The term “easy as pie” makes sense only to those who have never tried to actually make a pie. You guys know what I’m talking about, right? Too brown and crunchy crust or too soggy bottom crust. How to avoid these common pitfalls and make making a pie genuinely become “as easy as pie” every time?
One of the most common problems in making a pie is that in order to get the innards of the pie cooked to perfect, you have to sacrifice the crust that forms the ring around the rosy. Heat has a way of not knowing it is supposed to be as high on thin pie crust around the lip of the pan as it in the deeper waters in the middle. There is a way around this, however. You could try putting tinfoil around the perimeter, but that’s going to waste time and probably not work too well anyway. A much better solution is to buy an aluminum pie plate that is ever so slightly larger than the pie plate you use for cooking. Cut a ring out of the aluminum pie plate that is a perfect fit around the crust of your pie. Place the ring over the crust and bake as usual. The result? A nicely browned pie crust instead of a crunchy nearly-black pie crust.
If you prefer crust of a flakier nature than you are normally getting when you pull the pie out of the oven, here’s the trick. And it’s a simple one. So simple that you may knock yourself upside the head for not realizing it earlier. The key to getting a flaky pie crust is to chill out. Literally. Keep the pie crust cold, the pie filling cold and, if you make crust by hand, use cold water. Don’t allow the pie to come to room temperature, but get it into the oven while it is still on the cool side. When that pie is taken from the oven, what you will have is a buttery flaky crust from which you may never go back to the dark side.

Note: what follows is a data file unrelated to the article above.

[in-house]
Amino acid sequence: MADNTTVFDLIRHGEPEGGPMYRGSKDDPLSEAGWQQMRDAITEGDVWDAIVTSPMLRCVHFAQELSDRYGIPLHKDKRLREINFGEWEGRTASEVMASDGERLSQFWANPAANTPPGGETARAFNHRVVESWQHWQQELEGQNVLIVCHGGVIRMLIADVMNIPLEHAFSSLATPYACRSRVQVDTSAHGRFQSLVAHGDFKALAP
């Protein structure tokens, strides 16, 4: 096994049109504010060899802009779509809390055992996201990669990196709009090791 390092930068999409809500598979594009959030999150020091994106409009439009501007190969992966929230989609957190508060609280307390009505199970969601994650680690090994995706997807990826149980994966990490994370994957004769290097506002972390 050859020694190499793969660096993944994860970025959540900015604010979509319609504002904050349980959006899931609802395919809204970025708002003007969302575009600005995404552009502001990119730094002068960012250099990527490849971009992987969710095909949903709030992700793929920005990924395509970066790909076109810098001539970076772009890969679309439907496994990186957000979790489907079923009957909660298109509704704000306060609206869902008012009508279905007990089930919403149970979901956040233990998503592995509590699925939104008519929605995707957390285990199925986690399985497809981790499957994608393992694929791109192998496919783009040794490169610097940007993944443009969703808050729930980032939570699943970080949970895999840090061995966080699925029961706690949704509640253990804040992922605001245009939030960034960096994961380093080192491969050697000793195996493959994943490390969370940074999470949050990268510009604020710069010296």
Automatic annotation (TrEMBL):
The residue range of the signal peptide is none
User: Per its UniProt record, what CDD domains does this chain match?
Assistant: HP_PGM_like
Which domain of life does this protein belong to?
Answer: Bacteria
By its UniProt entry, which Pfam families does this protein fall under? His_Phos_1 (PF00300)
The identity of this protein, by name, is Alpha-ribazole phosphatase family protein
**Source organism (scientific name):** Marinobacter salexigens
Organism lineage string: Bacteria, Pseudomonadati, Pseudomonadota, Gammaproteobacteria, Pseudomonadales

Twice is Nice
Ever baked two pies at the same time and had them come out equally done at the same time? Probably not if you have not baked a lot of pie in your lifetime. It is possible to place two pies in the same oven and have the come out at the exact same time in roughly the same state of done-ness. The key is spacing. Contrary to what you may possibly have been told, sticking two pie pans up against each other inside the oven does not have the effect of transferring the heat from one to the other, thus reducing baking time. You need to keep both pies at least a good two inches from other…while at the very same time making sure that you put space between the opposite side of the pies and the walls of the oven. You can also ensure a more even distribution of heat by baking pies directly on the rack and not covering the rack with either a cookie sheet for aluminum foil.